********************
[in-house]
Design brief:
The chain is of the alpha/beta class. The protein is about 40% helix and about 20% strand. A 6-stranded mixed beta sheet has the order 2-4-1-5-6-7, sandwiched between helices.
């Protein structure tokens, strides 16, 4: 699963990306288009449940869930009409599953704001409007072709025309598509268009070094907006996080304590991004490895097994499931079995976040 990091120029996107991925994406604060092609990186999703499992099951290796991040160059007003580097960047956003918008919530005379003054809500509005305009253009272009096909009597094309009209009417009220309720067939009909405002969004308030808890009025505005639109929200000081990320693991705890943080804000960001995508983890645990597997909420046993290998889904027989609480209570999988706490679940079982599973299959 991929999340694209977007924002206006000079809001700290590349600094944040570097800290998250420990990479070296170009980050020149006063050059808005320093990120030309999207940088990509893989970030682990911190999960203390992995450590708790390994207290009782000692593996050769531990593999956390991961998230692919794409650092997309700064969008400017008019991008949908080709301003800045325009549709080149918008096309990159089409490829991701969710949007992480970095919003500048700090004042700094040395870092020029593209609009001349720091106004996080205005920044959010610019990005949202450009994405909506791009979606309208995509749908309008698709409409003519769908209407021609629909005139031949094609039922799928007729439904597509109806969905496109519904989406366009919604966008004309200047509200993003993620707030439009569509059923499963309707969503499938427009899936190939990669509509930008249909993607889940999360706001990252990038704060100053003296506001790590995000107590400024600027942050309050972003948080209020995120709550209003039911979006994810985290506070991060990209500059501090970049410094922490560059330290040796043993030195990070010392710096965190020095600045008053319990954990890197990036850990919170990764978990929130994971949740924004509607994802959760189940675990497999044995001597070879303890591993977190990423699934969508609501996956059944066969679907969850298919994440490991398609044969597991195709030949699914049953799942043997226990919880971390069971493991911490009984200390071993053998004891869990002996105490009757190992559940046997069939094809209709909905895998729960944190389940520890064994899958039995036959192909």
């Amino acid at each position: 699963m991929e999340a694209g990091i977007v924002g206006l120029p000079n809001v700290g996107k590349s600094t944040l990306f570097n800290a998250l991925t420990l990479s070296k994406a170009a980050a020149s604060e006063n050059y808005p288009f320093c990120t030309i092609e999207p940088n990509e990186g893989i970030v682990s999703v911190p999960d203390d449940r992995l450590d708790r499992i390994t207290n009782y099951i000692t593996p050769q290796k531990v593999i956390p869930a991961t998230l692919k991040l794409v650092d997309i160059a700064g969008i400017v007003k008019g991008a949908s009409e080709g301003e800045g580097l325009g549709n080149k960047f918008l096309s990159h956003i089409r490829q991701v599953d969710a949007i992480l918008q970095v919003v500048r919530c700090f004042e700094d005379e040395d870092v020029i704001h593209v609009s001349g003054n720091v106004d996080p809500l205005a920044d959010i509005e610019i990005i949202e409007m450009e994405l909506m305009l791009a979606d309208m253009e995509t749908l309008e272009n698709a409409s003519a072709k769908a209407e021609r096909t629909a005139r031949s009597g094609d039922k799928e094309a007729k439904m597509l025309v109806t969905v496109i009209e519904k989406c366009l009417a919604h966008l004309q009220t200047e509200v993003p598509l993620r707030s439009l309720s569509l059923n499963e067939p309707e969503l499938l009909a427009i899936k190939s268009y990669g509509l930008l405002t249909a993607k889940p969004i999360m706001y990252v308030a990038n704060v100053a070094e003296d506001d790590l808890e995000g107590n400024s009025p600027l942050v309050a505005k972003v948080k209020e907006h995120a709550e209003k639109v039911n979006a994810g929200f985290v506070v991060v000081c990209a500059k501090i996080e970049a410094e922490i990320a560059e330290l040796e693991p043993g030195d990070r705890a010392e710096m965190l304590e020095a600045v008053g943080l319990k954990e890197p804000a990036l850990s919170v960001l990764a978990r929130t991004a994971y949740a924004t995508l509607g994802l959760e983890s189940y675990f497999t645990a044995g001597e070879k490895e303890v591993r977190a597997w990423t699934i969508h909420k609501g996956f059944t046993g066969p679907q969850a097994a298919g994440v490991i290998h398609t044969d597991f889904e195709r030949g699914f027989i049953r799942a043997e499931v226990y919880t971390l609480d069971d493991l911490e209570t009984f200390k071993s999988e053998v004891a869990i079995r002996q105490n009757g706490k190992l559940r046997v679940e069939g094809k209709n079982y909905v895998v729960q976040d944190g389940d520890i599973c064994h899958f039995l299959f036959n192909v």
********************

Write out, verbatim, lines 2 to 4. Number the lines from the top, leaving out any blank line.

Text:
Design brief:
The chain is of the alpha/beta class. The protein is about 40% helix and about 20% strand. A 6-stranded mixed beta sheet has the order 2-4-1-5-6-7, sandwiched between helices.
């Protein structure tokens, strides 16, 4: 699963990306288009449940869930009409599953704001409007072709025309598509268009070094907006996080304590991004490895097994499931079995976040 990091120029996107991925994406604060092609990186999703499992099951290796991040160059007003580097960047956003918008919530005379003054809500509005305009253009272009096909009597094309009209009417009220309720067939009909405002969004308030808890009025505005639109929200000081990320693991705890943080804000960001995508983890645990597997909420046993290998889904027989609480209570999988706490679940079982599973299959 991929999340694209977007924002206006000079809001700290590349600094944040570097800290998250420990990479070296170009980050020149006063050059808005320093990120030309999207940088990509893989970030682990911190999960203390992995450590708790390994207290009782000692593996050769531990593999956390991961998230692919794409650092997309700064969008400017008019991008949908080709301003800045325009549709080149918008096309990159089409490829991701969710949007992480970095919003500048700090004042700094040395870092020029593209609009001349720091106004996080205005920044959010610019990005949202450009994405909506791009979606309208995509749908309008698709409409003519769908209407021609629909005139031949094609039922799928007729439904597509109806969905496109519904989406366009919604966008004309200047509200993003993620707030439009569509059923499963309707969503499938427009899936190939990669509509930008249909993607889940999360706001990252990038704060100053003296506001790590995000107590400024600027942050309050972003948080209020995120709550209003039911979006994810985290506070991060990209500059501090970049410094922490560059330290040796043993030195990070010392710096965190020095600045008053319990954990890197990036850990919170990764978990929130994971949740924004509607994802959760189940675990497999044995001597070879303890591993977190990423699934969508609501996956059944066969679907969850298919994440490991398609044969597991195709030949699914049953799942043997226990919880971390069971493991911490009984200390071993053998004891869990002996105490009757190992559940046997069939094809209709909905895998729960944190389940520890064994899958039995036959192909």